# Electrostatics - electric potential and field strength (dielectric)

• polibuda
Maybe I misunderstand "qv".I don't think you are doing any integrals. You just need to use the standard results for fields inside and outside spherically symmetric distributions. All you need to figure out is the charge inside a shell of radius r.

#### polibuda

Homework Statement
The space between two concentric spheres with radii r1 and r2 (r1 <r2) is filled with a space charge with a volume density qv. Determine the dependence of the electric field strength E (r) and the potential V (r) throughout the space.
Relevant Equations
E(r), V(r)
Could somebody check my solution?

#### Attachments

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• Delta2
It's E=-dV/dr (in a 1-D problem) and not V=dE/dr

• polibuda
Should I use this pattern? Is something else to correct in my solution? Better yet:$$V(A)-V(B)=- \int_B^A \vec E \cdot d \vec l$$

• Delta2 and polibuda
In second case the integration limits: A=r1, B=r2?
In third case the integration limits: A=r2, B=infinity?

The most common choice if you want "The Potential" is B=infinity and A=r (generic)

• polibuda
Gordianus said:
The most common choice if you want "The Potential" is B=infinity and A=r (generic)
Ok, but I need to check three cases. What with the sceond? Should it be A=r1, B=r2?

You have different functions that define E in each region. Think how to split the integral. Remember, the potential must be continuous.

Ok, in case, where r1<=r<=r2: polibuda said:
Ok, in case, where r1<=r<=r2:
View attachment 272838
You want the potential at radius r. The above expression will give the potential difference between radii r1 and r2.

First find the potential at the outer radius, then consider the potential difference between there and some smaller radius r.
For the second step, you may find it less confusing to introduce a variable of integration, s, r<s<r2.

• polibuda
haruspex said:
First find the potential at the outer radius
Do you mean r2? Wchich pattern I should use?
This one:
$$V(A)-V(B)=- \int_B^A \vec E \cdot d \vec l$$ ?
Is E equal to electric field from third case or second?
I'm sorry for my stupid questions, but I can't understand this task.

polibuda said:
Is E equal to electric field from third case or second?
What do you think? Of the radii 0, r1, r2, ∞, at which do you know the potential immediately (by common convention)?

Last edited:
$$\boxed{V(B)-V(A)=-\int_A^B\vec E\cdot d\vec s\Leftrightarrow V(B)=V(A)-\int_A^B\vec E\cdot d\vec s}$$
When you integrate ##-\vec E\cdot d\vec s##, you first find an antiderivative ##V(r)=f(r)+C##, and then you perform the usual subtraction ##V(r_B)-V(r_A)##. You can clearly see that ##C## disappears whatever its value is.

What people usually do is define ##C## such that ##\lim_{r\to\infty}V(r)=0##.
When ##r\to\infty##, which region are you in? So what's ##\vec E(r)##? Use it to find an antiderivative ##V(r)=f(r)+C##, and make ##C## verify the above condition.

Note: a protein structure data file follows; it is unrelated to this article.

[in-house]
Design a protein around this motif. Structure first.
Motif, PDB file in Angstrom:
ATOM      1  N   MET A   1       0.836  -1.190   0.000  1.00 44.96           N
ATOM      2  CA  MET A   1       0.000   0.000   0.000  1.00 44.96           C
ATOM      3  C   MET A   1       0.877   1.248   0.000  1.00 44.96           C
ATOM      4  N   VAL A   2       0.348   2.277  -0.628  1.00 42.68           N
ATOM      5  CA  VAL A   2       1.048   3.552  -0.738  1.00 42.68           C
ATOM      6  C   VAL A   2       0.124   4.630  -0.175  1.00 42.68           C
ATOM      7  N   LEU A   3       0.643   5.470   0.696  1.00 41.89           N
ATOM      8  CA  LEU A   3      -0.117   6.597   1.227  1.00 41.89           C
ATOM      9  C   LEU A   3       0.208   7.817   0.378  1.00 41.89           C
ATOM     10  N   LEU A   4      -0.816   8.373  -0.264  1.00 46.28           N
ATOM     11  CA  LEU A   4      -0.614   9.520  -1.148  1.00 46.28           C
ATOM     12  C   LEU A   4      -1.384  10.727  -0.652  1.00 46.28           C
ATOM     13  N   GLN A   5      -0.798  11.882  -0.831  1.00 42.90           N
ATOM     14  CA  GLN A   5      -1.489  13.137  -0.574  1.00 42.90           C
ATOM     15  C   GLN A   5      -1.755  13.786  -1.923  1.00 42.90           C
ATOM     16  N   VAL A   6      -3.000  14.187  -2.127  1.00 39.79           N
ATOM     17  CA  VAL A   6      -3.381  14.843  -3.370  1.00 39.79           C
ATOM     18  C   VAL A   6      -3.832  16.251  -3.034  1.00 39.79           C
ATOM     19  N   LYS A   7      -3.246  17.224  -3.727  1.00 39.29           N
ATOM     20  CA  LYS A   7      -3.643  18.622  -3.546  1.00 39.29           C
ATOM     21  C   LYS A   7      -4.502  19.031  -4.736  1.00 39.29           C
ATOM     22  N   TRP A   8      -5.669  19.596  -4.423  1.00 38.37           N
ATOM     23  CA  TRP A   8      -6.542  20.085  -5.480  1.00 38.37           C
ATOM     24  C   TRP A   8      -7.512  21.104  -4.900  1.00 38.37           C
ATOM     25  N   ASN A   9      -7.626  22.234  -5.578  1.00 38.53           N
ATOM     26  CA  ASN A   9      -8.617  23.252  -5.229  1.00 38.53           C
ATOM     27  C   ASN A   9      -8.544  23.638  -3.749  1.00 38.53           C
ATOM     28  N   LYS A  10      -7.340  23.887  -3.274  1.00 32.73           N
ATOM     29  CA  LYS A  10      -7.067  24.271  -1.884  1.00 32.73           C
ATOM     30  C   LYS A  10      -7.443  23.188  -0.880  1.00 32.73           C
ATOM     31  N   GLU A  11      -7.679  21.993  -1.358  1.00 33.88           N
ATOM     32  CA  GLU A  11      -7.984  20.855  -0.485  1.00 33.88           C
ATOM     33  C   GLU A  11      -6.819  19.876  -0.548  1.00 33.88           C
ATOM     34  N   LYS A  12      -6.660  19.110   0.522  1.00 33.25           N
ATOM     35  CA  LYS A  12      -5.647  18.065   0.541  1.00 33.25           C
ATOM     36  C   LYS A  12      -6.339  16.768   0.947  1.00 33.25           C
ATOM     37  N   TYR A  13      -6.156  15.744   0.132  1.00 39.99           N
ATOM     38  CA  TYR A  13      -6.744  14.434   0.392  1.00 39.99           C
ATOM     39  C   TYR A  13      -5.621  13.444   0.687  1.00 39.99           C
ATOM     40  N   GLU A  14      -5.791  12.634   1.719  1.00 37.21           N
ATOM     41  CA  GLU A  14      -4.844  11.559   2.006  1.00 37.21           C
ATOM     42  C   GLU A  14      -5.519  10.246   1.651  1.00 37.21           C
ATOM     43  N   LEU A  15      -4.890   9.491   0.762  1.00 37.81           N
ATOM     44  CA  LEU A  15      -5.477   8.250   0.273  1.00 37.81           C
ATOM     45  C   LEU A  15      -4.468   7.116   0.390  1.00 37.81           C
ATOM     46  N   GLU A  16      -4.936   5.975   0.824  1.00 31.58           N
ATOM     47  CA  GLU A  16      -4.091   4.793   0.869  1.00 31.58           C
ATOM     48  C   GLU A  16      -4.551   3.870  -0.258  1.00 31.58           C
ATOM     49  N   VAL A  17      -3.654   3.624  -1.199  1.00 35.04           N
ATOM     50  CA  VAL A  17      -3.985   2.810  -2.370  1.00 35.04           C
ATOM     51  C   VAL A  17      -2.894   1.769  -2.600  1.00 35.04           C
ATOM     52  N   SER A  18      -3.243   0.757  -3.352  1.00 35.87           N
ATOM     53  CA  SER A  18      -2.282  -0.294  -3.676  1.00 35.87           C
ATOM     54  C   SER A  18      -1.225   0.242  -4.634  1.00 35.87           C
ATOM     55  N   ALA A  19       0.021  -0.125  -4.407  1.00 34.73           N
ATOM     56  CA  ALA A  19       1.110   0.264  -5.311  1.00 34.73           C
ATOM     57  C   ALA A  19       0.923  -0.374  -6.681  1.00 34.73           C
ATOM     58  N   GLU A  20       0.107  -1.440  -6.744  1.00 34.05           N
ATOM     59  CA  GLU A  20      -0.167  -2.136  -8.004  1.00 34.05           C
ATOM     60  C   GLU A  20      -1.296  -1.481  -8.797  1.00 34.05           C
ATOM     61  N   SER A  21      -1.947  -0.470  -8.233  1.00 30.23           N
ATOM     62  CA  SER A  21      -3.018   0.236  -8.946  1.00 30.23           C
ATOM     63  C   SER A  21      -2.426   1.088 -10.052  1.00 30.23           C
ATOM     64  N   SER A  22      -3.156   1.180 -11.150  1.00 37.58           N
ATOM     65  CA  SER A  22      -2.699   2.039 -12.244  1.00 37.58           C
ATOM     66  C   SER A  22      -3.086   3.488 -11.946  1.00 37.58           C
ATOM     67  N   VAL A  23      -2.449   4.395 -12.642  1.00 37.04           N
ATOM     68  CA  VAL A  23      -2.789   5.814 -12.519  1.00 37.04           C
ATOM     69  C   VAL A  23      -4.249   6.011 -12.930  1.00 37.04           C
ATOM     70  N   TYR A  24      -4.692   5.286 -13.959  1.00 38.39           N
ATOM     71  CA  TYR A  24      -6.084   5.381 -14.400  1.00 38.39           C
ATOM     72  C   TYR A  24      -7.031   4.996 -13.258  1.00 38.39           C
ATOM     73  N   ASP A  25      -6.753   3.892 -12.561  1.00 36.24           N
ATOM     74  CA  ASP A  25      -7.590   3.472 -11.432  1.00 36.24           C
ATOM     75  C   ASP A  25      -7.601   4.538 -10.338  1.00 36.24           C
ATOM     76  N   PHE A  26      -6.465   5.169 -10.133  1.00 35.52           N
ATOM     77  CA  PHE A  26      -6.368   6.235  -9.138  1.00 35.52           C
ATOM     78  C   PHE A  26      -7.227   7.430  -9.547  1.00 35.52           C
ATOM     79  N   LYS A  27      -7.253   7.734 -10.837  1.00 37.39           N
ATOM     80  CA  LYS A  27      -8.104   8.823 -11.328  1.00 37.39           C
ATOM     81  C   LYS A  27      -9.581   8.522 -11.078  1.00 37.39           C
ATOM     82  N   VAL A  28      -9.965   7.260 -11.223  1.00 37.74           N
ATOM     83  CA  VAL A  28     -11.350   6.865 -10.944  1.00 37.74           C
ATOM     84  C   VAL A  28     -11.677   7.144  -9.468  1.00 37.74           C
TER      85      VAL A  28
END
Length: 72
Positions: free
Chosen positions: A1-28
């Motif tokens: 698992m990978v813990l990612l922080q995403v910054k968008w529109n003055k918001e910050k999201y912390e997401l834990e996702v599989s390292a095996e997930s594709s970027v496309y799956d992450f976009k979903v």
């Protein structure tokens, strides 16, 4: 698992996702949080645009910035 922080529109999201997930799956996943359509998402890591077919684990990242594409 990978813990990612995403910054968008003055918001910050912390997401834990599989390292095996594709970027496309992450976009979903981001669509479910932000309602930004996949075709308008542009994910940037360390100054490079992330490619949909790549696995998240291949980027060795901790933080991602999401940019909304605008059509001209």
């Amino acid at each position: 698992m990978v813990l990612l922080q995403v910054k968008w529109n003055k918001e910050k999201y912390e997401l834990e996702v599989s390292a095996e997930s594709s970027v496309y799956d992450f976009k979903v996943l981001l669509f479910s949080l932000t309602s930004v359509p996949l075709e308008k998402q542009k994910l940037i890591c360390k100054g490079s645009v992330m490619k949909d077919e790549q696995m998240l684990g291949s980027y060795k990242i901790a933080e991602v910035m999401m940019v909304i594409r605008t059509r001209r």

• polibuda
Guys we are talking about the potential as the integral of the E-field, but I think his expressions for the E-field in cases 2 and 3 are incorrect, what do you think?

• polibuda
polibuda said:
You are sure. I forgot in task is given qv=a/r^2. I determined a new E-field in cases 2 and 3.
I think you still do the same mistake in case 2. You integrate from ##r_1## to ##r_2## in that integral but then you take your gaussian surface to be of another radius ##r##. The charge enclosed by this gaussian surface is the charge from ##r_1## to ##r## so i believe the limits of integration in the integral should be from ##r_1## to ##r##. To make a long story short, where you have ##r_2## you should replace it by ##r##. That's what i think but i might be wrong cause i haven't slept well and i can't think clearly. Better wait for the other members to share their thoughts on this.

• polibuda
polibuda said:
You are sure. I forgot in task is given qv=a/r^2. I determined a new E-field in cases 2 and 3.
I don't know why you are doing any integrals to find the fields. Just use the standard results for fields inside and outside spherically symmetric distributions. All you need to figure out is the charge inside a shell of radius r.

haruspex said:
I don't know why you are doing any integrals to find the fields. Just use the standard results for fields inside and outside spherically symmetric distributions. All you need to figure out is the charge inside a shell of radius r.
But the charge is equal to qv*volume, so I need to do integral.

• Delta2
What now with this potential? I have no r in my formula of electric potential, so I'm doing something wrong. The big R is a radius beacuse of Gauss. Last edited:
polibuda said:
But the charge is equal to qv*volume, so I need to do integral.
Maybe I misunderstand "qv". I have been taking that to be a constant charge density, as in qv. If so, what is the charge inside radius r? If not, please explain what it is.